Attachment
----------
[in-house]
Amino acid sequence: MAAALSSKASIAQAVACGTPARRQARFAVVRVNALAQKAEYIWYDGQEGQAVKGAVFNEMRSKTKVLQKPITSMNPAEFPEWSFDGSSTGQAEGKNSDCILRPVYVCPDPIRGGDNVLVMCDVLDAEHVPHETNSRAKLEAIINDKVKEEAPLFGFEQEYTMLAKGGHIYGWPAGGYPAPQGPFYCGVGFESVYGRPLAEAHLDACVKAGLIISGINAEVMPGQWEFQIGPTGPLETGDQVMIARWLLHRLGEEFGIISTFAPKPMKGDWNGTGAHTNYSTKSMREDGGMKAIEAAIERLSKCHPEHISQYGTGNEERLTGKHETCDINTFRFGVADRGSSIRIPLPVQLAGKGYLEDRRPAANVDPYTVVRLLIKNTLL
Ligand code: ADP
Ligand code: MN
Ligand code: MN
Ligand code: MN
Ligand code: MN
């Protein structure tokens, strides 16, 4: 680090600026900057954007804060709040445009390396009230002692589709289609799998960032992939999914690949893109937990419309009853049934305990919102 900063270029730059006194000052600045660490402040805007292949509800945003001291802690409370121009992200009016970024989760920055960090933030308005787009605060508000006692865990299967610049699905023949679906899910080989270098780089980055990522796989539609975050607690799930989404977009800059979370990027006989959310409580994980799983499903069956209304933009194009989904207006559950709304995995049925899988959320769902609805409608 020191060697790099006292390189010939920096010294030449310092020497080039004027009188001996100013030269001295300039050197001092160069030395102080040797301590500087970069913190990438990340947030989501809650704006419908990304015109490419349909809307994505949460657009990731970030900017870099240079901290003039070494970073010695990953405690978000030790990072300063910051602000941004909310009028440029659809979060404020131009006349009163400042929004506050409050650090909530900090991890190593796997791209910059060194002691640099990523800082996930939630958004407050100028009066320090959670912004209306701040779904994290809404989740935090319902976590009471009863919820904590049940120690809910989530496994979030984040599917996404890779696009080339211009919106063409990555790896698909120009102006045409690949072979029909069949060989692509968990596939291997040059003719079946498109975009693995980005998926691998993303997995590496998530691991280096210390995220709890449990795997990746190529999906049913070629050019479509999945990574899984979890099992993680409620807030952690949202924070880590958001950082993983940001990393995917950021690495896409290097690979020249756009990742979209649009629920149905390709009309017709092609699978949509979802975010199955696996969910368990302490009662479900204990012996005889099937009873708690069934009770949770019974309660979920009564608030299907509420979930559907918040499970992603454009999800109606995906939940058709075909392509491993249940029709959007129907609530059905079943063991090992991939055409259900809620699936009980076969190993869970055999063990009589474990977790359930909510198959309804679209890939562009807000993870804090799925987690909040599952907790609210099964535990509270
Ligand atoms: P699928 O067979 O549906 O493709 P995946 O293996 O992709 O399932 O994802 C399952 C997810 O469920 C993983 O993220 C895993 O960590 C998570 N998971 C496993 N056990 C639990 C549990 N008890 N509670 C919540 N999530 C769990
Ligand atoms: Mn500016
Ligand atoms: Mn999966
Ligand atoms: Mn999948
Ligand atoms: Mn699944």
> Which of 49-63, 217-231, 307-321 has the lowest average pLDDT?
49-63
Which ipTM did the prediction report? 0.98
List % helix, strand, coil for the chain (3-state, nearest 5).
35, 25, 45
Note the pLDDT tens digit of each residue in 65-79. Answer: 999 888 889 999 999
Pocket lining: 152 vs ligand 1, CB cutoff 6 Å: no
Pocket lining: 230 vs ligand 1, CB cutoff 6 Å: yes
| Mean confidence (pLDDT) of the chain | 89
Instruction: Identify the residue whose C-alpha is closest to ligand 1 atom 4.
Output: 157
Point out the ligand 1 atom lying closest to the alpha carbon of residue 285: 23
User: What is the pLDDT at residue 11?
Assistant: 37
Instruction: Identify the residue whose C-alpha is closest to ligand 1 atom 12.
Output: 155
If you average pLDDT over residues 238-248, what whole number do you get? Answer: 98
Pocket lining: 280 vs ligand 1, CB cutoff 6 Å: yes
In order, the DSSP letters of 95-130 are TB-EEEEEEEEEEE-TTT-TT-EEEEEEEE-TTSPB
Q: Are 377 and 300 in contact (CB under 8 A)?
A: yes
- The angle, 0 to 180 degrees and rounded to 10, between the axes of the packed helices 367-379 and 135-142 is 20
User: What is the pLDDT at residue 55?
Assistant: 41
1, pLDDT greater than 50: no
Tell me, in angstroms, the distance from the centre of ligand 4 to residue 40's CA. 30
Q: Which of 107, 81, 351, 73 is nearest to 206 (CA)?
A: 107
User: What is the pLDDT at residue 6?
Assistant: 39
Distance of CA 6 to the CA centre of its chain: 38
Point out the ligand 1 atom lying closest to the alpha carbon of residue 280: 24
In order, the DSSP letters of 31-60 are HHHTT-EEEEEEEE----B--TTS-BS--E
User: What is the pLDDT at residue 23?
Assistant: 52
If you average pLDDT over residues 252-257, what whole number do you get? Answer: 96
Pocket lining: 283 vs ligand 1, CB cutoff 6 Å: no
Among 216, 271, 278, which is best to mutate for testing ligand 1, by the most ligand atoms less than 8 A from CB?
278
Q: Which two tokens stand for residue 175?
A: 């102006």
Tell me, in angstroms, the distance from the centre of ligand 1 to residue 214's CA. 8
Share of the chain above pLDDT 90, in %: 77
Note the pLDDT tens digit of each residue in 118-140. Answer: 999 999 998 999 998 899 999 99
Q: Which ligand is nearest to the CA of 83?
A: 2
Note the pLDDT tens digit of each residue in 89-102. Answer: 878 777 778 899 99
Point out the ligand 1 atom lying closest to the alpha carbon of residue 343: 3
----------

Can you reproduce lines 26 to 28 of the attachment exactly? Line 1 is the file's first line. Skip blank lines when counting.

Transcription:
User: What is the pLDDT at residue 11?
Assistant: 37
Instruction: Identify the residue whose C-alpha is closest to ligand 1 atom 12.